Broadway and Beyond Compare

Take 3 friends and legends of the Omaha musical stage and what do you get?  Something completely sublime.  This is Broadway and Beyond which was performed at the Jewish Community Center under the auspices of Performing Artists Repertory Theatre.

Sometimes all one needs is the simple things in life.  Three magnificent singers performing show tunes from some of Broadway’s best (and some lesser known ones) and sharing stories from their long history of performances and I’m as happy as a clam.  And the rest of audience seemed to be in the same state of euphoria as Camille Metoyer Moten, Paul Tranisi, and John Patrick Morrissey swept us away in an amazing afternoon of songs and stories.

The friendship between the three was palpable as they bantered with each other as they reminisced about shows past, but when they started singing, that’s when things really got cooking.

Under the accompaniment of Katherine Turner on piano, Metoyer Moten, Tranisi, and Morrissey each held the audience in the palms of their hands as they took turns singing some of their favorite songs.  My only regret is that they never joined forces on anything but the intro and outro of the show.

Camille Metoyer Moten’s golden alto dazzled the audience with the sonorous “Don’t Cry for Me, Argentina” from Evita and the soaring “I Don’t Know How to Love Him” from Jesus Christ Superstar.  But she swept me away in a cloud of musical ecstasy with the hauntingly beautiful “Send in the Clowns” from A Little Night Music.

Paul Tranisi got the show off to a thunderous start with the godly “Rain” from Once On this Island.  From there, he blended his mighty baritone with a bit of theatricality as he morphed into Tevye musing about what he would do with a small fortune with “If I Were a Rich Man” from Fiddler on the Roof and then blew the audience away with “I, Don Quixote” from Man of La Mancha.

John Patrick Morrissey exudes youthful energy and has quite the vocal range.  Morrissey belted out “The Impossible Dream” from Man of La Mancha with extreme confidence and optimism, serenaded us with a determined take on “My Corner of the Sky” from Pippin, but could also handle pieces with more gravitas such as the thoughtful “Pilate’s Dream” from Jesus Christ Superstar.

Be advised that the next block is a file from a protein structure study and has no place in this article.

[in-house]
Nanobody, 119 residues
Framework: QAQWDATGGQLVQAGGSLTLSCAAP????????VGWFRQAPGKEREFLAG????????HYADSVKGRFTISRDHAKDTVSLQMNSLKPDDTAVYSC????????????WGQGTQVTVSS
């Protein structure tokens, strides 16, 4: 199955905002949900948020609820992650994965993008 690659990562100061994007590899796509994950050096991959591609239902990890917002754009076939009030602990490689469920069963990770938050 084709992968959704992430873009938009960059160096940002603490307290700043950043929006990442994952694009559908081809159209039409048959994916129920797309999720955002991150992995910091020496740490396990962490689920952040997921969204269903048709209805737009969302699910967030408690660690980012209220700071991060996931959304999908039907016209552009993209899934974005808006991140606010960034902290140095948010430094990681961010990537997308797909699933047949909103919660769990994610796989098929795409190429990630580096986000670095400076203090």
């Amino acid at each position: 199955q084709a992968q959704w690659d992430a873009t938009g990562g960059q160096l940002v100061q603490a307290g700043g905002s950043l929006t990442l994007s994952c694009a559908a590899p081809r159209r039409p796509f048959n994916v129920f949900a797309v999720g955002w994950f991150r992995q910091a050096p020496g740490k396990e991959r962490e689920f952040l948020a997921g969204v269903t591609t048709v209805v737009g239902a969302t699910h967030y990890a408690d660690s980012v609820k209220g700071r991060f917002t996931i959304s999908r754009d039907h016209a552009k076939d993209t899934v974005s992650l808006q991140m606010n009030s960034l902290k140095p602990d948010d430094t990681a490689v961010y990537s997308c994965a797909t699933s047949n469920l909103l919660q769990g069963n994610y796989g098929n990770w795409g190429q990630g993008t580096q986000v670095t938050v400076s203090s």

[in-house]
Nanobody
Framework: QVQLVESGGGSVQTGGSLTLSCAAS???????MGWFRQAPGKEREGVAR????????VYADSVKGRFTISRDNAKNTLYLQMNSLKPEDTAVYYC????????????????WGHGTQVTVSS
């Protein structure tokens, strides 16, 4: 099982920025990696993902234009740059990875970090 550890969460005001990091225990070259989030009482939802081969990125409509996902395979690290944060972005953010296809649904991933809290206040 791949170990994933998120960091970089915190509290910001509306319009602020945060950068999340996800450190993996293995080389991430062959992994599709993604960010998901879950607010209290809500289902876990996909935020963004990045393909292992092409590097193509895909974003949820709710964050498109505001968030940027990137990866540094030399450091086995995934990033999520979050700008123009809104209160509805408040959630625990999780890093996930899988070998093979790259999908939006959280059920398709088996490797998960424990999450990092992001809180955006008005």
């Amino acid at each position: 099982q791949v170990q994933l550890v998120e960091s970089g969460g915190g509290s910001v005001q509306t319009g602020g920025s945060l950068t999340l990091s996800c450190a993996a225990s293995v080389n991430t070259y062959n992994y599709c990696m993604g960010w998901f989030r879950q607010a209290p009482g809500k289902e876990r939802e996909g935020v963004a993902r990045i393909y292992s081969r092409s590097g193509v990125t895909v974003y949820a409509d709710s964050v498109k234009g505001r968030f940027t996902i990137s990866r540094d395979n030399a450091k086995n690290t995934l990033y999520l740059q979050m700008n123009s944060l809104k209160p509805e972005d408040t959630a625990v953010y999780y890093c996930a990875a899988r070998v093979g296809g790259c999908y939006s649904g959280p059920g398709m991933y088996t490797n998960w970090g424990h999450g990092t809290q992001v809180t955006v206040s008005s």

I audibly “awwed” with disappointment when the afternoon ended as I could have spent a few more hours enjoying the trio’s songs and stories.  Sadly, it was also the only day to enjoy this concert, but I hope they consider doing this production again in the very near future.

Until then, you can still enjoy a fine performance from Performing Artists Repertory Theatre with its closing performance of Always. . .Patsy Cline on October 31 at 3pm at the Jewish Community Center.  Tickets are $37 and can be purchased by calling 402-706-0778.  The Jewish Community Center is located at 333 S 132nd St in Omaha, NE.

A Honkytonk Friendship

It’s a story of friendship between a down to earth country star and her biggest fan.  This is Always. . .Patsy Cline and it is currently playing at the Jewish Community Center under the auspices of Performing Artists Repertory Theatre.

Ted Swindley has written a pretty effective script.  While the show does pay tribute to Cline’s music (skillfully performed by Vince Learned and his band), it is more about the true story of the friendship between Louise Seger and Patsy Cline.  Swindley deftly cuts the duties of this show between a top flight storyteller and a world class singer as the character of Seger shares the story of how she became a fan of Cline’s music and then befriended her when she performed at a honkytonk in the early 60s.  The character of Cline doesn’t do much acting, but needs a mountainesque presence to go with a superior set of vocal chops.  Fortunately, this show has both elements in spades.

Gordon Cantiello’s direction is quite exceptional.  Not only do his two actresses perfectly embody their characters, but the relationship between them feels organic and genuine.  Cantiello also found a surprising number of beats in the script and keeps it engrossing as the story of Seger and Cline is, at turns, sweet, humorous, loving, and sad.

Connie Lee turns in a winning (dare I say award winning?) performance as Louise Seger.  Seger is definitely a character.  She’s iron willed, free spirited, and brassy as all get out.  But she’s also loyal, caring, and an awful lot of fun to be around.   Lee is a delight to watch with her incredible animation.  I just got a kick watching her react to Cline’s performances as she swayed to the music, outright danced to it, and made VERY sure that Cline’s drummer didn’t rush the backbeat.  More impressive is how she does it in a way that you notice it, but it doesn’t pull attention away from Cline.  Lee also does a bit of nifty improvisation to get the audience involved in the show.

Kellyn Danae Wooten was so spot on as Patsy Cline that if my eyes were closed I would have thought she was Cline.  Wooten perfectly emulates Cline’s throaty alto as she performs her classic hits including “Crazy”, “Sweet Dreams”, and “Walking After Midnight” just to name a few and also threw in a few encores for the audience at the end.  Though the character of Cline has very little spoken dialogue, Wooten had the warm, welcoming presence of the down to earth singer who I’m certain was “greatly relieved” to be treated like a regular person by Seger.

It’s a fun and amusing show and you don’t even have to be a fan or know much about Patsy Cline to enjoy the show.  If you enjoy a good bit of storytelling and enjoy good music, you will have a fun time watching this production.

Always. . .Patsy Cline runs through October 31.  Showtimes are 1pm and 4pm on October 23 and 3pm on October 31.  Tickets cost $37 and can be purchased by calling 402-706-0778.  The Jewish Community Center is located at 333 S 132nd St in Omaha, NE.